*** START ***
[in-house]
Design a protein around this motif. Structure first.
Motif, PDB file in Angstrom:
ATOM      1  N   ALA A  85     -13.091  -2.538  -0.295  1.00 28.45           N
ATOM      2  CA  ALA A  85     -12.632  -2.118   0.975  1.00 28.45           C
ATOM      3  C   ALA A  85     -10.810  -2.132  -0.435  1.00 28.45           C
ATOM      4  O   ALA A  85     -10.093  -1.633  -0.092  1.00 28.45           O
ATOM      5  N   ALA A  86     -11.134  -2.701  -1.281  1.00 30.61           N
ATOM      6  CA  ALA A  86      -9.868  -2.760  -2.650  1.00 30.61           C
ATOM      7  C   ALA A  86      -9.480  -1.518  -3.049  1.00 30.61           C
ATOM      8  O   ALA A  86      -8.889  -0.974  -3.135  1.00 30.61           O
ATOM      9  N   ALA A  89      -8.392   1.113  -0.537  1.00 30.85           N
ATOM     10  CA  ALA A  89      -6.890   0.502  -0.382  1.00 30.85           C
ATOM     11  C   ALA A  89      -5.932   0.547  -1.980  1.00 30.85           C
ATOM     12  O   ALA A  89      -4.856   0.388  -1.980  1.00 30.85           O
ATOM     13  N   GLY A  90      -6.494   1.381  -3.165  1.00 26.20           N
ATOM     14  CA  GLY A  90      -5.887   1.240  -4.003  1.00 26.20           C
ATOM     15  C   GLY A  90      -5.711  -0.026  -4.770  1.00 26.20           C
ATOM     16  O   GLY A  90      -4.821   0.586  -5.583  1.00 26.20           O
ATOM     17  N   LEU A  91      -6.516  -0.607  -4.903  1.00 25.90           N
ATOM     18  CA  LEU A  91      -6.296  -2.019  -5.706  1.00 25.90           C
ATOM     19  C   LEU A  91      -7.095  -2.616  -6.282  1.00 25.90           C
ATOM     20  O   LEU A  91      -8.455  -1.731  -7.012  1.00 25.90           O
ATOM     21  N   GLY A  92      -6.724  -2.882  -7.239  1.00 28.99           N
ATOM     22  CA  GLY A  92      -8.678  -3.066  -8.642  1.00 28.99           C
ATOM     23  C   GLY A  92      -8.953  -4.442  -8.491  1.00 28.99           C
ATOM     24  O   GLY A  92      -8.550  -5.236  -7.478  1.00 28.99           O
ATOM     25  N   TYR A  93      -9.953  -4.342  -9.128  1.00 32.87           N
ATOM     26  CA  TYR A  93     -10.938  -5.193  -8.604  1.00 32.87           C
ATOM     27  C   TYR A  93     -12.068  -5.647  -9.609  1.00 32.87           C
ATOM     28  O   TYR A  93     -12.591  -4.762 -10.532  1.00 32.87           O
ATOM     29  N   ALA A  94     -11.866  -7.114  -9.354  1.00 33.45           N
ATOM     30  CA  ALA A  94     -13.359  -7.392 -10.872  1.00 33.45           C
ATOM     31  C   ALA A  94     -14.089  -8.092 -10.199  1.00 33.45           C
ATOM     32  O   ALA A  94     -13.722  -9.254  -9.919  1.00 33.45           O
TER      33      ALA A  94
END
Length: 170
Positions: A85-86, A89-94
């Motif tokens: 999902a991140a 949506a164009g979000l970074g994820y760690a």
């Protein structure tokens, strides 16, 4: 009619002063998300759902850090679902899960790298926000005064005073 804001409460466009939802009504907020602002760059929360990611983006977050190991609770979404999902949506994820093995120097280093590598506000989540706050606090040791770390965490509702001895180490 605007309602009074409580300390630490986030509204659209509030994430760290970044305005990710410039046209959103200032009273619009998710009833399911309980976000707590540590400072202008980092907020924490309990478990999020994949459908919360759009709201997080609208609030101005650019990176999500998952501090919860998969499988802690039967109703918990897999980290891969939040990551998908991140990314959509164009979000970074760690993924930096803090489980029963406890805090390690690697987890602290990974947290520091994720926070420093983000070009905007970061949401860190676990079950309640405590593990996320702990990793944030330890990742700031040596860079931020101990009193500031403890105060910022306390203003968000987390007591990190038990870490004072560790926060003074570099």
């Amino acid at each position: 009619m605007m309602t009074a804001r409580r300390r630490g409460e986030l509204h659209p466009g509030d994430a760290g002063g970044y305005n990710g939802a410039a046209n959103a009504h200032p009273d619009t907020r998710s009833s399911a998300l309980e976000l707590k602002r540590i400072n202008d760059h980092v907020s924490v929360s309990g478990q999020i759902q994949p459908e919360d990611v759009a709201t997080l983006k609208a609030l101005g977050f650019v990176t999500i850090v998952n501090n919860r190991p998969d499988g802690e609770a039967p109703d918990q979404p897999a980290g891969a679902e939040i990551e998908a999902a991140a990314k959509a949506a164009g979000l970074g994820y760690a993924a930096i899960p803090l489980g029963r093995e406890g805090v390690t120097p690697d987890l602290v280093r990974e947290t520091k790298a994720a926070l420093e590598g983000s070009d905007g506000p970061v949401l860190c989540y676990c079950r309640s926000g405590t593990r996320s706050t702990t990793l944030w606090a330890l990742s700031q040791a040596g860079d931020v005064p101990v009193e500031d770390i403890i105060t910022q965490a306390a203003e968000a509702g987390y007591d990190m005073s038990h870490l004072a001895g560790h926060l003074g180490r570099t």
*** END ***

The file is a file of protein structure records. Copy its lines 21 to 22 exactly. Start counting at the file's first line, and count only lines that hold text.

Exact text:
ATOM     18  CA  LEU A  91      -6.296  -2.019  -5.706  1.00 25.90           C
ATOM     19  C   LEU A  91      -7.095  -2.616  -6.282  1.00 25.90           C